Jump to content
Search In
  • More options...
Find results that contain...
Find results in...
40oz

What was the best year for doom maps?

Recommended Posts

Between the years 1994 and 2016, which year do you think had the most positive impact on the doom mapping community?


How would you measure the best year? The year that had the largest boom of new mappers? The year the most of your favorite released wads fall under? The year that fostered the most innovative evolution of map design?

I'm kind of undecided. I used to really like old stuff but I'm more open to modern stuff lately. And despite so many mappers coming and going, doom mapping seems to be a little more prolific each year.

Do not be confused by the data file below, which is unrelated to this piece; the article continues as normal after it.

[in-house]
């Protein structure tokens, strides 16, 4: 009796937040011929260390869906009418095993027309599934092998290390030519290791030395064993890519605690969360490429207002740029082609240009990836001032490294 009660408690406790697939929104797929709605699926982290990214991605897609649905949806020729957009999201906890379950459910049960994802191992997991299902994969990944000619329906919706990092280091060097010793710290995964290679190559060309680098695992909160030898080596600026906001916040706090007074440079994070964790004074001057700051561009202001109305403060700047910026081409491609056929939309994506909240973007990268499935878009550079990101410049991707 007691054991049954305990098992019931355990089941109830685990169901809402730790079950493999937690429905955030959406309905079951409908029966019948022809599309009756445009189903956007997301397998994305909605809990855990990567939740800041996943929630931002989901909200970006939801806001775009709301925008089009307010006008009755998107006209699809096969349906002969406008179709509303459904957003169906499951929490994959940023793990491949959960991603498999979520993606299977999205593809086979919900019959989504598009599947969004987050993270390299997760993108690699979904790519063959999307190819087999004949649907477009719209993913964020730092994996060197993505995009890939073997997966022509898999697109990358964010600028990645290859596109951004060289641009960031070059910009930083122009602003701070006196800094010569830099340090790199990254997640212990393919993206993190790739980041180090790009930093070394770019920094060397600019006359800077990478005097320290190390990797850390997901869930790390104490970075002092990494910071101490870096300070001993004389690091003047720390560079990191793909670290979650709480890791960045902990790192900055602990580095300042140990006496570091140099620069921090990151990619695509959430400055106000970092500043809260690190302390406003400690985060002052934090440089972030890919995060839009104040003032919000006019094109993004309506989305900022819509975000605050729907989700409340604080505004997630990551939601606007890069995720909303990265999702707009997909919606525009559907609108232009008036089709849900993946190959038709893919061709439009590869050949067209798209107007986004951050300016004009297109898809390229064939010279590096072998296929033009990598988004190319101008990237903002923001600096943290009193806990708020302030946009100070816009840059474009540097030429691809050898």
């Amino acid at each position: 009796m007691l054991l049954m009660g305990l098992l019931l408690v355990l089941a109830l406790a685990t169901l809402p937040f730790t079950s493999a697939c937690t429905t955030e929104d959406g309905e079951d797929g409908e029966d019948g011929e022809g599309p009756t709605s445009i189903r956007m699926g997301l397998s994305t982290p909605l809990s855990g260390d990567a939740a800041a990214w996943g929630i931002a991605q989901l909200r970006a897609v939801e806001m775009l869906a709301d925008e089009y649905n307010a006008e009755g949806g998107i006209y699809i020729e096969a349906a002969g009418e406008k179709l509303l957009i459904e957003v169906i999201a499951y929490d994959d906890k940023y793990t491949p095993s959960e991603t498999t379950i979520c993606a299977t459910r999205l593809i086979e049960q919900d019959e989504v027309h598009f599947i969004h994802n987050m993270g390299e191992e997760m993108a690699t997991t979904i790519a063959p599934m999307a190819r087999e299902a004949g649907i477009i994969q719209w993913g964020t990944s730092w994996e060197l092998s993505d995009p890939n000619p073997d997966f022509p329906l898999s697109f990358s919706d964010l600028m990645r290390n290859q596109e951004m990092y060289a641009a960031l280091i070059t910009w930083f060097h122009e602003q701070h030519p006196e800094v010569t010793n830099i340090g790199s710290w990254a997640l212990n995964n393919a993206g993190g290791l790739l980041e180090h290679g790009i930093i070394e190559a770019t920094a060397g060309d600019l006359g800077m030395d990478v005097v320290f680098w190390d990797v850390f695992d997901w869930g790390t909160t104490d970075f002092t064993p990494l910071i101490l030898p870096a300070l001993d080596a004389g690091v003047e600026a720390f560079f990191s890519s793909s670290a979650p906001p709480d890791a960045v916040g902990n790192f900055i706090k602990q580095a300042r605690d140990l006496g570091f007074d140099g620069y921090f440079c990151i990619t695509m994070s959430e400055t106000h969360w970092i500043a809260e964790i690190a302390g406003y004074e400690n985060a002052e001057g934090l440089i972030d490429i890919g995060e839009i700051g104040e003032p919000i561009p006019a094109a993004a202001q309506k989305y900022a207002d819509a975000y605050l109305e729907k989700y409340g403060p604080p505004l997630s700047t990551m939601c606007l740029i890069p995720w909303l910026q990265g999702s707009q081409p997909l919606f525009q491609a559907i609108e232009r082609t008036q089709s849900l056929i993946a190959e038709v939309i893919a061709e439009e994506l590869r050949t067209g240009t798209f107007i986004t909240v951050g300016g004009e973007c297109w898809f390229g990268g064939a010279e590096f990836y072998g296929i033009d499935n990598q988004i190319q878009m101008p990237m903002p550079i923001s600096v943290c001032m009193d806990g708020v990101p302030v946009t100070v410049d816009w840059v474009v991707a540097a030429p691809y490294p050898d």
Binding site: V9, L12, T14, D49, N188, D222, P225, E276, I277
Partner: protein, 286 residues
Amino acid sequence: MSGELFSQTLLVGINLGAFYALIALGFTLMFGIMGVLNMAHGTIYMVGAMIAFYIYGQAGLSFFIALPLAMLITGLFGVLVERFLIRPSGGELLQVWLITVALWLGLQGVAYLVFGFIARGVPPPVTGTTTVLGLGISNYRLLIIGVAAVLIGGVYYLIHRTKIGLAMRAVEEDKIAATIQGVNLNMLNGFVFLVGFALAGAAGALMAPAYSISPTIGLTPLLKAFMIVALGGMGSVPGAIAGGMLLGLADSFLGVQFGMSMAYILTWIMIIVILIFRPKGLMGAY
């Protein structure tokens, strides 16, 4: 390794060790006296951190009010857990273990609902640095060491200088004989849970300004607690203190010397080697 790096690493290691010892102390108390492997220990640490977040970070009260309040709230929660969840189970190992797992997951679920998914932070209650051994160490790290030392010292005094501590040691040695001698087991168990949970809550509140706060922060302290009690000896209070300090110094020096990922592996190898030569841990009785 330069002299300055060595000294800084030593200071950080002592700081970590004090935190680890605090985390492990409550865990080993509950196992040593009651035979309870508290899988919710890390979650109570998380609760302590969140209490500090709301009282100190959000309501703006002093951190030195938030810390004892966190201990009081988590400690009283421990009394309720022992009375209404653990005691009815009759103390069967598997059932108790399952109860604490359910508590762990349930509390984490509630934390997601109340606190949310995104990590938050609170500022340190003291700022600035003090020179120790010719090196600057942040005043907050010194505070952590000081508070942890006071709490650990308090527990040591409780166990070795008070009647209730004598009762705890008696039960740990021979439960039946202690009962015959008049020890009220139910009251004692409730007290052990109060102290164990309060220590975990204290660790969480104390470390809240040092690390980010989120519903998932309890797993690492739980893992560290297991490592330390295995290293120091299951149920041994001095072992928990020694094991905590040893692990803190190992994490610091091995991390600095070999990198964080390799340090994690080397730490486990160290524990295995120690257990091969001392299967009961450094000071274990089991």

Share this post


Link to post

For me it's hard to pinpoint an exact year. I like Requiem, Eternal Doom and Hell Revealed which are 1997 projects (I think?). But I also love Alien Vendetta which is from 2002. Also a shout out to Return to Phobos (1994).

Share this post


Link to post

I don't really believe you could pick a best year without really subjective reasoning but I'm gonna go ahead and say 03 because Erik Alm and Scythe inspired so many people afterward.

Thing is map design is getting better as tools improve and new gameplay avenues are explored.

Share this post


Link to post

I'll go with 95 because that's when D!Zone was released. If maps weren't at their peak back then, there would be more D!Zones!

Share this post


Link to post